The recent chain of events thought by the Beltway cognoscenti to spell doom and disaster for the Democratic Party was broken today when the prize Republican Senate prospect for the 2022 midterms said “no, thanks” to the offer of massive national-party financial support and celebrity. New Hampshire governor Chris Sununu shocked the GOP by announcing he would not, after all, challenge freshman Democratic senator Maggie Hassan and would instead run for a fourth two-year term as the Granite State’s chief executive.
Sununu’s statement of noncandidacy added insult to injury for Republicans who see reconquering the Senate in 2022 as a holy cause. “My responsibility is not to the gridlock and politics of Washington; it is to the citizens of New Hampshire,” Sununu said. “I’d rather push myself 120 miles an hour delivering wins for New Hampshire than just slow down and end up on Capitol Hill debating partisan politics without results.”
Gone unsaid is a fact little known to those who assume every governor wants a “promotion” to the Senate: Being governor is a hoot. You have an entire state government reporting to you; there is, in most states, some very nice public housing in the form of a fully staffed “governor’s mansion”; and you can make news whenever you want. In most respects, it’s a lot more attractive than being one of 100 senators struggling for attention and some sort of meaningful accomplishments while living in two places. Sununu likely knows a lot about the dubious pleasures of Washington, since his father was White House chief of staff under George H.W. Bush and his older brother was a one-term U.S. senator from 2003 to 2009.
Whatever its genesis, Sununu’s decision is a blow to Republicans who viewed Hassan as vulnerable and New Hampshire as the key to flipping the Senate. Sununu has led Hassan (his predecessor as governor) in every public poll taken this year. He won reelection to a third term in 2020 by nearly a two-to-one margin. There is no obvious star waiting in the wings to replace him in the Senate race. Former senator Kelly Ayotte (who lost her seat to Hassan in 2016) had been reportedly planning a gubernatorial bid assuming Sununu would run for the Senate. But now sources close to her say she won’t run for anything in 2022. There is already one announced Republican candidate, former general Don Bolduc, who has a notable fan in Donald J. Trump. Bolduc, who buys into the Big Lie, may be too Trumpy for New Hampshire, a state Joe Biden won by seven points last year (even as Sununu romped and Republicans won control of the state legislature).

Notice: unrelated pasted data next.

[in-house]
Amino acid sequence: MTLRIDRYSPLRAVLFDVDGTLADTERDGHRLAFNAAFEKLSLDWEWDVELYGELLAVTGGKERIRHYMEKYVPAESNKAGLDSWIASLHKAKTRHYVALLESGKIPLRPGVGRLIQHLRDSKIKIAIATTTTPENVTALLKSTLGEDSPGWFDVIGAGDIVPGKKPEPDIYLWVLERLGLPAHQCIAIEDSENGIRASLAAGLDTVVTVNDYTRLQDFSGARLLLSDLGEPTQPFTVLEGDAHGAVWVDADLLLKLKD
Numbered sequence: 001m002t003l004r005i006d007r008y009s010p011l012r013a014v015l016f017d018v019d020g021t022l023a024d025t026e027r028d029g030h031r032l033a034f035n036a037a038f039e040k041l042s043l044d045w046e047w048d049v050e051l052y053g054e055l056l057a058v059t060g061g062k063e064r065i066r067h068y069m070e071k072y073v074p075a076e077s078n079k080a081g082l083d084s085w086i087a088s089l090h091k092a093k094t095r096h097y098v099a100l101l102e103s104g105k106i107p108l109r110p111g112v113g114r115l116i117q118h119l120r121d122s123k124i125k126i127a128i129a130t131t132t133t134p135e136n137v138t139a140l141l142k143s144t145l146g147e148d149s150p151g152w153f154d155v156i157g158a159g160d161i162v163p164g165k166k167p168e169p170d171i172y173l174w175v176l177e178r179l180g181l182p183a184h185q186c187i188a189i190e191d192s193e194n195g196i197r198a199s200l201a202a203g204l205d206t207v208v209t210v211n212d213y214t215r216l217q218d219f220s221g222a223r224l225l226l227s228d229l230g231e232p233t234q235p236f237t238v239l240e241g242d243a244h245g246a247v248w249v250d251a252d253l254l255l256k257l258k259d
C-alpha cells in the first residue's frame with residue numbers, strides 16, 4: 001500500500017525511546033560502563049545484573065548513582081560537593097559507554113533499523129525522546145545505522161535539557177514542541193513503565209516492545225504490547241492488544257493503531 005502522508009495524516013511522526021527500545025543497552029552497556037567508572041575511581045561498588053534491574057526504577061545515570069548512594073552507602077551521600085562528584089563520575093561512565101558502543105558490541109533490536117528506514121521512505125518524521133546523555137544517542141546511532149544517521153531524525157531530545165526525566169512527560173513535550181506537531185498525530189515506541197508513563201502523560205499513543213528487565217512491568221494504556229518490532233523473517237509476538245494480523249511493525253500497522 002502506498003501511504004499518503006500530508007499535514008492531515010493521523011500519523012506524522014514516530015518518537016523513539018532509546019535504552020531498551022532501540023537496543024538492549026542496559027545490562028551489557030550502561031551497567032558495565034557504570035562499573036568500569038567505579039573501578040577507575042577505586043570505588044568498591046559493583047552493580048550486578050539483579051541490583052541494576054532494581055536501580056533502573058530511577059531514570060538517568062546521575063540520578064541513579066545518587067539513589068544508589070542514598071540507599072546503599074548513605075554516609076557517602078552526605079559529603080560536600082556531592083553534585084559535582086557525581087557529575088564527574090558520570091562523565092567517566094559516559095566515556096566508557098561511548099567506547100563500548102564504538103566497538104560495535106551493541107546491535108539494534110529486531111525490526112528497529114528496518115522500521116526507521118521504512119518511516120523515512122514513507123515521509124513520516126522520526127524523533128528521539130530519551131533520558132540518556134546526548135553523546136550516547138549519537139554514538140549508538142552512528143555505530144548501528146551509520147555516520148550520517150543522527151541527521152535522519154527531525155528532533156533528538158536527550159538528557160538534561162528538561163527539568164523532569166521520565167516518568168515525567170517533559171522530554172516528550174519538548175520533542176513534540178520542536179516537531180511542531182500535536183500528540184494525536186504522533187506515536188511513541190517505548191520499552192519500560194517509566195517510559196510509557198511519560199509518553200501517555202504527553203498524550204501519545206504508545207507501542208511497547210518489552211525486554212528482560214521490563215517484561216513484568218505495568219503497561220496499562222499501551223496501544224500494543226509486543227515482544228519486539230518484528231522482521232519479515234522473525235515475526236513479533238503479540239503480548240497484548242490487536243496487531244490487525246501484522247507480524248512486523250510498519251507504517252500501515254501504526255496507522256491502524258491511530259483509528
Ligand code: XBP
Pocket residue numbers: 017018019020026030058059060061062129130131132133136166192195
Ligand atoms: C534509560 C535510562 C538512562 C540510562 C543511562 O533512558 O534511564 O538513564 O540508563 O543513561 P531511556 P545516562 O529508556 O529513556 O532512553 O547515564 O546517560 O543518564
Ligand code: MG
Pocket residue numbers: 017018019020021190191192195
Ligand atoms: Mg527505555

The 2022 Senate landscape isn’t going to be easy for Republicans even if they flip control of the House (which is likely). Hassan aside, the only three vulnerable incumbent Democrats (Mark Kelly of Arizona, Raphael Warnock of Georgia, and Catherine Cortez Masto of Nevada) are in states narrowly carried by Biden in 2020. In Arizona, the Republican primary to choose a challenger to Kelly could be a real clown show producing a weak nominee, and there are questions about Warnock’s Republican challenger, Herschel Walker, as well. Meanwhile, Democrats are favored to flip the Pennsylvania seat of retiring Republican senator Pat Toomey, and the GOP may struggle to hold seats in North Carolina and Wisconsin as well. Even Ohio could be problematic for Republicans given the wild, Trumpier-than-thou Senate primary there to choose a successor to the retiring Rob Portman.
Senate control could be critical to both parties, even if the current Democratic governing trifecta is taken off the table by House losses next year, since a Republican Senate could stonewall confirmation of most or all of Biden’s executive and judicial nominations. Senator Sununu was part of the formula for a Republican Senate, and Mitch McConnell and his moneyed allies will now have to figure out how best to redeploy the resources and hopes they wanted to invest in New Hampshire.